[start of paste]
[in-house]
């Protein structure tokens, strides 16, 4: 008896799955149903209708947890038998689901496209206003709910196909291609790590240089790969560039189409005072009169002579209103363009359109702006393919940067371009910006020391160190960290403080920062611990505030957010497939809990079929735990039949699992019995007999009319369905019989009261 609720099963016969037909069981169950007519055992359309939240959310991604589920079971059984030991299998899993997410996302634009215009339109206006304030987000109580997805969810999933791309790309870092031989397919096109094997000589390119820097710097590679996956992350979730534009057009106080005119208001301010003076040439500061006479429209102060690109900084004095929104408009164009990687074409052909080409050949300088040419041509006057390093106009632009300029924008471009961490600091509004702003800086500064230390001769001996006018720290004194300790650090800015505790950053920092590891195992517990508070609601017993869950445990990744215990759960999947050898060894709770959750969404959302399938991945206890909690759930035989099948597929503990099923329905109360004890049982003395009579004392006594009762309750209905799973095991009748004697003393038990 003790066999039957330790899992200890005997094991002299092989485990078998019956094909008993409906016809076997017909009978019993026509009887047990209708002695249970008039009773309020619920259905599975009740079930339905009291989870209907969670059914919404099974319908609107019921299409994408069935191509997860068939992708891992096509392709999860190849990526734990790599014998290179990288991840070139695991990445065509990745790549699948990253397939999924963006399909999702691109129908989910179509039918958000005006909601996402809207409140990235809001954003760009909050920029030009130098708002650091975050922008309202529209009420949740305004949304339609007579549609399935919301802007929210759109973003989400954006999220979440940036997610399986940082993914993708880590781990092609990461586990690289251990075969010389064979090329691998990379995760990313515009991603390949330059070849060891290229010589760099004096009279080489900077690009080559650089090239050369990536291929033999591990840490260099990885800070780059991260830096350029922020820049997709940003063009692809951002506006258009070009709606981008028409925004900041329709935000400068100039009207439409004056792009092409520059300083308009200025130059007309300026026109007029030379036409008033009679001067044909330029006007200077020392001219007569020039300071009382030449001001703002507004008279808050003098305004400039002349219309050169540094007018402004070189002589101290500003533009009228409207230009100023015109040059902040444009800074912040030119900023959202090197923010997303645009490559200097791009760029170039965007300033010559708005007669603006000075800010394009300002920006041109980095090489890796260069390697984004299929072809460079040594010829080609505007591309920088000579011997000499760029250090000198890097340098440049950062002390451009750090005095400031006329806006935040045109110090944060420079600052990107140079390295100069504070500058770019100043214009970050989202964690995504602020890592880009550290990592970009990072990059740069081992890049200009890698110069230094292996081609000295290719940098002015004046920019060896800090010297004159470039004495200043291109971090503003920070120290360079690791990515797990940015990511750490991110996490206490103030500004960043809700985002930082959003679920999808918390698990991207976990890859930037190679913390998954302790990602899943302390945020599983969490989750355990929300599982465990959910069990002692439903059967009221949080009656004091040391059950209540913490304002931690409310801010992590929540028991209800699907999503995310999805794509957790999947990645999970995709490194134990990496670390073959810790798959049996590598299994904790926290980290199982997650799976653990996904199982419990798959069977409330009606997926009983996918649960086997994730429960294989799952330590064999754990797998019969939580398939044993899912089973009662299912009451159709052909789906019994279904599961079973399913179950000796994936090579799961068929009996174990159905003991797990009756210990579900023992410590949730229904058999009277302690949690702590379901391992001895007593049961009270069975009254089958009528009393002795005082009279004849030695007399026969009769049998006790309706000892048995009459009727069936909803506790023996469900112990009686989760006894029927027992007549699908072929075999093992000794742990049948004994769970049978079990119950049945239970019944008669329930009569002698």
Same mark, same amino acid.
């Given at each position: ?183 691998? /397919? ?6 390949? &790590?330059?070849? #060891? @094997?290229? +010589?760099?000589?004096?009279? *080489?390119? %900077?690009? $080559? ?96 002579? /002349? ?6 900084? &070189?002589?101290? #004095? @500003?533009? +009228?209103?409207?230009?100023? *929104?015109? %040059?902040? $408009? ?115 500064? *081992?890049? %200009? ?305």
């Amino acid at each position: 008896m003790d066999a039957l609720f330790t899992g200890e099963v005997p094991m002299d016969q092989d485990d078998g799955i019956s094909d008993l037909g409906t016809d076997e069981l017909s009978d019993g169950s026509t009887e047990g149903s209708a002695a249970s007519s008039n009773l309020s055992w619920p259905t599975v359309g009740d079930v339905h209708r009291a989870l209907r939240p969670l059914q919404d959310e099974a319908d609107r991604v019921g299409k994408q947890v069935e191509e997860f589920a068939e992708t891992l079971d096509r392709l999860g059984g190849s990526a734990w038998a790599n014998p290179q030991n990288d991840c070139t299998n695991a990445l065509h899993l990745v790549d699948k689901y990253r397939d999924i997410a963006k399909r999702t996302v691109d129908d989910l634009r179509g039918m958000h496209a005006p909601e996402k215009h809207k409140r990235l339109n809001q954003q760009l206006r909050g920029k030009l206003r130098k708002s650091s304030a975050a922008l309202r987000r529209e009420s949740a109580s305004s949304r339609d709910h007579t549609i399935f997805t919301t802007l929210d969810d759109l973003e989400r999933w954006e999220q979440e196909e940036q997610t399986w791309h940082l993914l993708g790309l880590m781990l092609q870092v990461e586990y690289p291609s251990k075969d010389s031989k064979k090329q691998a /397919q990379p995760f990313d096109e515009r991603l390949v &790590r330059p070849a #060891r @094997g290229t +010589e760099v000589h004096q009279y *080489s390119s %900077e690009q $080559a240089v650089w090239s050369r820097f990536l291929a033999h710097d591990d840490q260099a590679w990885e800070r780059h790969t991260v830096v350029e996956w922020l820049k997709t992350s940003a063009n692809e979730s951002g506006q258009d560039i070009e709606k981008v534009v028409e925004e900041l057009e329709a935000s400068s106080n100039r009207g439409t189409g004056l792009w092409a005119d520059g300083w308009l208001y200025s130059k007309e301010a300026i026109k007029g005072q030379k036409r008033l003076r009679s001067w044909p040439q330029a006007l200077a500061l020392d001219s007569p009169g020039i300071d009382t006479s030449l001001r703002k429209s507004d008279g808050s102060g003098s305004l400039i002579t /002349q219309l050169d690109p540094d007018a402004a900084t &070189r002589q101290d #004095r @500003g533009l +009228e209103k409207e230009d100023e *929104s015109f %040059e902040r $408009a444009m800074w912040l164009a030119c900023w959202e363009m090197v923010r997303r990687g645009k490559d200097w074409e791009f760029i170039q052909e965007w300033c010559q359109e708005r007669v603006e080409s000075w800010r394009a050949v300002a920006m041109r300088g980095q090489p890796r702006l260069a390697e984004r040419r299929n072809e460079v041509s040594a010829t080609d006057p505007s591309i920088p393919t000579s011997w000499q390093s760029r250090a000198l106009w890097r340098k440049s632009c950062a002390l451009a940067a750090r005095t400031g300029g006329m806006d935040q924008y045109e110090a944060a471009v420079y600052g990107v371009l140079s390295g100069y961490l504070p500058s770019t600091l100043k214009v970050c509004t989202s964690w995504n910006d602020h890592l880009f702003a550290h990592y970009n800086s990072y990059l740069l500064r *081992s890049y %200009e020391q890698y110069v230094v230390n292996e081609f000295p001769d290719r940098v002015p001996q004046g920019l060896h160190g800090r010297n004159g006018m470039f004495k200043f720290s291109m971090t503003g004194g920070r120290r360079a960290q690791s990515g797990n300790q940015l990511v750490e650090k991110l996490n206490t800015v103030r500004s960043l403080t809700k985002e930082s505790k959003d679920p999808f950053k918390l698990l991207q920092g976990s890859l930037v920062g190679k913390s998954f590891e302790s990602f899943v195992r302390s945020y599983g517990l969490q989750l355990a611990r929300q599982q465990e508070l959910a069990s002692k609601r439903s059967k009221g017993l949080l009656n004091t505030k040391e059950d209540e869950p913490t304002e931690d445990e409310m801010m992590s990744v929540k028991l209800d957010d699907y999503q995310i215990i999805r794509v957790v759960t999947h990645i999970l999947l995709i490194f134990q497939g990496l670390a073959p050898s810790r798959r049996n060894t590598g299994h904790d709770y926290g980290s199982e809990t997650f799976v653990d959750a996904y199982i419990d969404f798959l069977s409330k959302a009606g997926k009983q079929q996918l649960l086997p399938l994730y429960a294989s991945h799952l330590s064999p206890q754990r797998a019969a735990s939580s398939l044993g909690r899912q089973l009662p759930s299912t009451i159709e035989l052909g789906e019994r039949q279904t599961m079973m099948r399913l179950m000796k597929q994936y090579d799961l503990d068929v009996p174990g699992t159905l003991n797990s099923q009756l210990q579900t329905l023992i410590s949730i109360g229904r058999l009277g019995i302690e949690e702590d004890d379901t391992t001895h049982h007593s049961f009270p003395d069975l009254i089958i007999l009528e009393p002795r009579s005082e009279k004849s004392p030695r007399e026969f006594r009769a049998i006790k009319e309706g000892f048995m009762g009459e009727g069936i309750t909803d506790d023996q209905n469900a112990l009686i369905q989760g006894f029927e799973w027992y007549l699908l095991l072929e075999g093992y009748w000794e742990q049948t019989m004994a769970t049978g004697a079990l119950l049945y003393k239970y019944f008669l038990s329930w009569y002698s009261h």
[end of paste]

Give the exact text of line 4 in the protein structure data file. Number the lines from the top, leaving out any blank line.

């Given at each position: ?183 691998? /397919? ?6 390949? &790590?330059?070849? #060891? @094997?290229? +010589?760099?000589?004096?009279? *080489?390119? %900077?690009? $080559? ?96 002579? /002349? ?6 900084? &070189?002589?101290? #004095? @500003?533009? +009228?209103?409207?230009?100023? *929104?015109? %040059?902040? $408009? ?115 500064? *081992?890049? %200009? ?305």